TW: How I’m Trying to Eat Intuitively

I have lived an existence throughout my life of numbers. Number of calories, number of steps walked per day, number of binges in a week, number of laxatives taken, numbers numbers numbers.

Whilst battling my eating disorder, the easiest way for me to control what I was putting into my body, was by giving it a number value.

Forget nutrition, how many fruits/veg I was having or anything that actually mattered – I was all about the maths, and even now after so many years in recovery, I still find it incredibly hard to separate myself from this habit and slight sense of control.

Although I would say that I was almost 95% recovered from my bulimic tendencies, I still find myself clinging to the ‘calories’ aspect of eating and I’ve used calorie tracking apps since even before I had a phone in my hand. (Honestly, I have notebooks full of what I’ve eaten that day!)

So, now that I’m more settled, secure and happier than ever in most aspects of my life, this is something that I want to get a handle on. I’m trying more than ever to begin to be an ‘intuitive eater’ – which essentially means, eating when I’m hungry, eating things that nourish my body and feel full on my own terms.

So here’s the kind of steps that I’m currently taking to be intuative about food:

1. I’m not giving up tracking what I’m eating

I may still be using a notebook to write down the foods that I’m eating in the day, BUT the key difference for me is that I’m not putting any numbers or calories next to eat item of food. I’m allowing myself to see the nutrition and healthiness of food instead.

2. I’m using a hunger scale to dictate when I eat

I’ve always had a weird relationship with the ‘3 meals a day’ structure that we have. I often don’t feel hungry for a few hours when I wake up, I like to have a bigger dinner and I always crave something sweet in the afternoon. I’m beginning to learn about my own patterns of eating and what suits me, but instead of eating ‘because I feel like it’s the right time to’ – I’m trying to process how hungry I am, then eat.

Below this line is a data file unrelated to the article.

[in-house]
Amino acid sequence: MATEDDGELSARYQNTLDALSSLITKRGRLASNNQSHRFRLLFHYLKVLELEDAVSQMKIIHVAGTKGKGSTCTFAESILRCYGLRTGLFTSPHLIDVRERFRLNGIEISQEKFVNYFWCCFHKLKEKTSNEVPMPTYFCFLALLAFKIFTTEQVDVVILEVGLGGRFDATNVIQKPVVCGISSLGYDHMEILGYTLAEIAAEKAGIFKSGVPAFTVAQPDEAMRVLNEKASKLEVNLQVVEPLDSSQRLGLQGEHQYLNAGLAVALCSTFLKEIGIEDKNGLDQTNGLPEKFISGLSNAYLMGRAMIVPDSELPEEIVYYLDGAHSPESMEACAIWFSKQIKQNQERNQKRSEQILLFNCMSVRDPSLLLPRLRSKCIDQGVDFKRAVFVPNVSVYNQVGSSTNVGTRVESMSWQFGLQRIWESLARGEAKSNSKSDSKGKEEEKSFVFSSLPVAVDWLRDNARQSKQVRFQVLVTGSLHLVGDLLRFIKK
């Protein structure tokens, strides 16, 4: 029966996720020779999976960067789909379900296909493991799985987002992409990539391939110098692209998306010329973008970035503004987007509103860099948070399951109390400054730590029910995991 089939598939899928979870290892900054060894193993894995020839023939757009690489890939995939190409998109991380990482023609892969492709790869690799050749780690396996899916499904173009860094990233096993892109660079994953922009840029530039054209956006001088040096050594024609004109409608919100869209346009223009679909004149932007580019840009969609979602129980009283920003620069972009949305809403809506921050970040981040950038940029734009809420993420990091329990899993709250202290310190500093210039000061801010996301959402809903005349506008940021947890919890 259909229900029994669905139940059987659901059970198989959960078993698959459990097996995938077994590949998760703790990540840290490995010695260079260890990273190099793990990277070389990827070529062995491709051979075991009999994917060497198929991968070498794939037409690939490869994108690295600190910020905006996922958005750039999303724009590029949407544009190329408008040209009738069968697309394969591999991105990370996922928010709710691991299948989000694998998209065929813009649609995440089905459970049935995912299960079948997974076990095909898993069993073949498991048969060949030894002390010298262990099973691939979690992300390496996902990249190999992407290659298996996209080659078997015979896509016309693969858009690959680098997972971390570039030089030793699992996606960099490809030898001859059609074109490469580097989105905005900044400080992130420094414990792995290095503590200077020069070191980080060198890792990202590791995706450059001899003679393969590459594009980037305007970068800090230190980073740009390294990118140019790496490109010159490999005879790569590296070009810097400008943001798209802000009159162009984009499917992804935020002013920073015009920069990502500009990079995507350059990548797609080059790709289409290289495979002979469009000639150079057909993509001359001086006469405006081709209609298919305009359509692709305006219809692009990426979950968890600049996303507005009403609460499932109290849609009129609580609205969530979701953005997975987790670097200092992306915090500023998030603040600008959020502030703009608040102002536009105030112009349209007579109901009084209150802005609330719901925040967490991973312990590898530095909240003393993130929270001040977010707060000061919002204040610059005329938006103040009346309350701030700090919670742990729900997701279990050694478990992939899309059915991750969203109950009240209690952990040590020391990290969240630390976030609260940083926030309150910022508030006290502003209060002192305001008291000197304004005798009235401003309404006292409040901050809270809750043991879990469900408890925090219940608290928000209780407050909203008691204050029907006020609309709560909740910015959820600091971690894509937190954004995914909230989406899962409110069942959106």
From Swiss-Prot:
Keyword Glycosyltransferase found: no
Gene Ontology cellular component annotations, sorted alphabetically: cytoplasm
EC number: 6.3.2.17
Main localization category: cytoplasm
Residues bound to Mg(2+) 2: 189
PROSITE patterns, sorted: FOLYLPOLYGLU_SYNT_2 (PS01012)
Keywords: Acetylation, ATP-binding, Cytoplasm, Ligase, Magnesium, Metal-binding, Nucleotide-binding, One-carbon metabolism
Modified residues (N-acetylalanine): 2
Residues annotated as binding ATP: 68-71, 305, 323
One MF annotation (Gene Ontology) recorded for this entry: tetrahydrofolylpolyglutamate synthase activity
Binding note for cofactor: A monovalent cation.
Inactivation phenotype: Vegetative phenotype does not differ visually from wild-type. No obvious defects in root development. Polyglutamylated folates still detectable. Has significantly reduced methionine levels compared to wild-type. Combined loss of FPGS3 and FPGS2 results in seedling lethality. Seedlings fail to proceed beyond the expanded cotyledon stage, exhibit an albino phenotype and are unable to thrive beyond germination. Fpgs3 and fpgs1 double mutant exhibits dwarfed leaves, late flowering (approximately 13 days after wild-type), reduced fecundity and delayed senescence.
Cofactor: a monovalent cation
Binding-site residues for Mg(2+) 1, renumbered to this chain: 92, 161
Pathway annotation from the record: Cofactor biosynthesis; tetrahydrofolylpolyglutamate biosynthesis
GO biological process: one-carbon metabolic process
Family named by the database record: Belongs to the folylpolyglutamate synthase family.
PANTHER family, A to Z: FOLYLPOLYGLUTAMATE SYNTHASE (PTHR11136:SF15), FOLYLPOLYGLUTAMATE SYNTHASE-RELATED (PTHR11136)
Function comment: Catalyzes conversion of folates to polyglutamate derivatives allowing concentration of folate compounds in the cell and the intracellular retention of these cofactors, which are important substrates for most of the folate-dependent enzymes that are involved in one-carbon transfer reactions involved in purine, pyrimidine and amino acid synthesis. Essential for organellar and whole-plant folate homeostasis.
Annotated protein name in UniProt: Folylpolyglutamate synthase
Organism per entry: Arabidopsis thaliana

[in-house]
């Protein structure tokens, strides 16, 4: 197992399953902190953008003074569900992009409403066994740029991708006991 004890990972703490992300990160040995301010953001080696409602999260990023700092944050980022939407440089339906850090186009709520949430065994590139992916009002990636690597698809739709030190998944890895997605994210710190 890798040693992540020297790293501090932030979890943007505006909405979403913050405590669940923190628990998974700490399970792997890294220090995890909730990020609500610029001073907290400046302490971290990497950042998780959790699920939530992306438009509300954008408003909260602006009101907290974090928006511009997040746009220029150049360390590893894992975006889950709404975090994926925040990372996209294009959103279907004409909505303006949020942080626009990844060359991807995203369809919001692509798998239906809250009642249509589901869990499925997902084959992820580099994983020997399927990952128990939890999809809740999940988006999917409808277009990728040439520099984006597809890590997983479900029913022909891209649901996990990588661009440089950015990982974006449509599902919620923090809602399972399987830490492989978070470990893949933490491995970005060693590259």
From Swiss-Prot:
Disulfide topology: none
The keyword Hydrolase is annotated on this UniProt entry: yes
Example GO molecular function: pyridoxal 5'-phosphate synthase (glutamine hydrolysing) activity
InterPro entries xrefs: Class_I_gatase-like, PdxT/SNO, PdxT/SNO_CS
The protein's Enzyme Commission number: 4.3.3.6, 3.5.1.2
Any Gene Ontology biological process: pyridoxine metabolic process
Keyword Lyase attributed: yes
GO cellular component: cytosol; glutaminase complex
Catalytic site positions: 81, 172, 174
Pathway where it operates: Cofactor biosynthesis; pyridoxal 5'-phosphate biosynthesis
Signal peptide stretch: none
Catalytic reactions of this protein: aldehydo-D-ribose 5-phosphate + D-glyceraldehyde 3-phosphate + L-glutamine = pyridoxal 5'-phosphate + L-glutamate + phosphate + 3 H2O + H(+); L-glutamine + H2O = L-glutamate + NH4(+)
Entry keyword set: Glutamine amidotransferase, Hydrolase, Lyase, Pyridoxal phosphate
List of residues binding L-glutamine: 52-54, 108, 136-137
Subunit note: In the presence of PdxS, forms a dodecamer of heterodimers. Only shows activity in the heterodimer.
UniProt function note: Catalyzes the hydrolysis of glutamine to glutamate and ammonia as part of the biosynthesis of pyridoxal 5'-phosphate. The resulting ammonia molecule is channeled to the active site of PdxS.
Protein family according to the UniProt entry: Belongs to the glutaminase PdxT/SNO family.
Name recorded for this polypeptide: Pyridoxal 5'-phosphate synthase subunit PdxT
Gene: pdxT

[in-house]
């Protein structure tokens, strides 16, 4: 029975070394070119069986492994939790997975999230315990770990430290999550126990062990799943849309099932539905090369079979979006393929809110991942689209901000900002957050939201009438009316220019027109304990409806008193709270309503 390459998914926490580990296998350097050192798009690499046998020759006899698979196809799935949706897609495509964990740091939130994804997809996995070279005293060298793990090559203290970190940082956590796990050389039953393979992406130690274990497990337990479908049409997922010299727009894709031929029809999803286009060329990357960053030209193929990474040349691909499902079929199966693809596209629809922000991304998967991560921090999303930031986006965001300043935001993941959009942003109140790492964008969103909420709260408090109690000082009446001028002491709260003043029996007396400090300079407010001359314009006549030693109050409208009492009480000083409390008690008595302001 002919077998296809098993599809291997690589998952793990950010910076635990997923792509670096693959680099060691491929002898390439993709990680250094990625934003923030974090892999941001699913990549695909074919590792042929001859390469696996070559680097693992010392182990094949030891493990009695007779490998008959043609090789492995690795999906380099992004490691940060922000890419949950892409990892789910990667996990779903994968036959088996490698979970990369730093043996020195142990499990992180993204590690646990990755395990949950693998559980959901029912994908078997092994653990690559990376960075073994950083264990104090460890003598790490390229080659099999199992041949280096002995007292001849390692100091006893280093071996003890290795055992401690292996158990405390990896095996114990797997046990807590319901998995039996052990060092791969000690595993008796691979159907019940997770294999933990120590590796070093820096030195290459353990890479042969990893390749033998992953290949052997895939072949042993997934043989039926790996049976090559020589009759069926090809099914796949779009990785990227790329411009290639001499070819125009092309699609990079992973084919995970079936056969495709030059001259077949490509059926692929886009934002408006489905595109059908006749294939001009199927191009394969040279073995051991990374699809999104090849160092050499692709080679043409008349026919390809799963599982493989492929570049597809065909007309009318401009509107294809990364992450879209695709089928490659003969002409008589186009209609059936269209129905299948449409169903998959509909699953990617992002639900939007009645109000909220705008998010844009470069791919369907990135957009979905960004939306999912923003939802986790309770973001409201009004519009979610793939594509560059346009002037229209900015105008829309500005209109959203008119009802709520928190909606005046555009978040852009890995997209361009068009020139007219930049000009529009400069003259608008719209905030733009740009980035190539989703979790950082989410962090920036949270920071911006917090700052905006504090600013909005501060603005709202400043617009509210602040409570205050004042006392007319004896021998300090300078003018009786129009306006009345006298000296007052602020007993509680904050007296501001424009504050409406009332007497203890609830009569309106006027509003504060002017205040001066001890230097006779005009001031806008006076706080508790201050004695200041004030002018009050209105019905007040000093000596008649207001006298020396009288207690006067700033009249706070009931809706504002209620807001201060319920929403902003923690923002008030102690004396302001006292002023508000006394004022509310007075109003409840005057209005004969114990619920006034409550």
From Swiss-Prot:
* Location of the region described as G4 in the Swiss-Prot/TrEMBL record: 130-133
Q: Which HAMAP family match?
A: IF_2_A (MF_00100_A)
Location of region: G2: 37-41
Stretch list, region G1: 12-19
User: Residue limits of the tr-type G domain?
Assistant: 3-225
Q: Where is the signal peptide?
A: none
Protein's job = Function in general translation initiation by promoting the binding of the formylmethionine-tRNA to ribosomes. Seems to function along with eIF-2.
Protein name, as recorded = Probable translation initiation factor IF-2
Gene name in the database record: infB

3. Stop when you’re full

I’m so guilty of eating to finish up things or clearing my plate if I’m at my family home, because I think it’s ”rude” to stop when I’m full. I’m chucking that thought out the window and trying to make sure that if I’m full, I’m stopping. Listening to my body has become so important.

4. I’m ignoring diet culture

I have continually found it hard to break the assumption that thin = good. When I had the flu earlier this month I lost about 5 pounds and I won’t lie, I was HAPPY. But that thought in itself is RIDICULOUS. Why was I happy that I’d essentially become so starved and dehydrated that I’d lost all this weight. This thoughts are things that I’ve grown up with and they are hard to break, but I’m going to give some body positive books a read and remember exactly why I’m doing this.

5. Exercise and peace with my body

For me, exercise has also been a part of what I would do to lose weight. I’m trying to rediscover the exercises that I actually enjoy doing for the strength of my body and to look after myself and my mental health. I’m going climbing this afternoon, which I think is a good start there! Plus, always trying to get in the fresh air for a walk.

6. My body is a temple

Ah cringe but true! This body is the only one I’ve got! It’s the body that will hopefully one day carry a baby, it’s the body that gets me from place to place and it’s the one that I’m stuck with – I might as well start trying to give it what it needs, rather than worrying all the time about what number of calories I’m giving it!

Are you trying intuitive eating? Have you had any success? Let me know!

Rach

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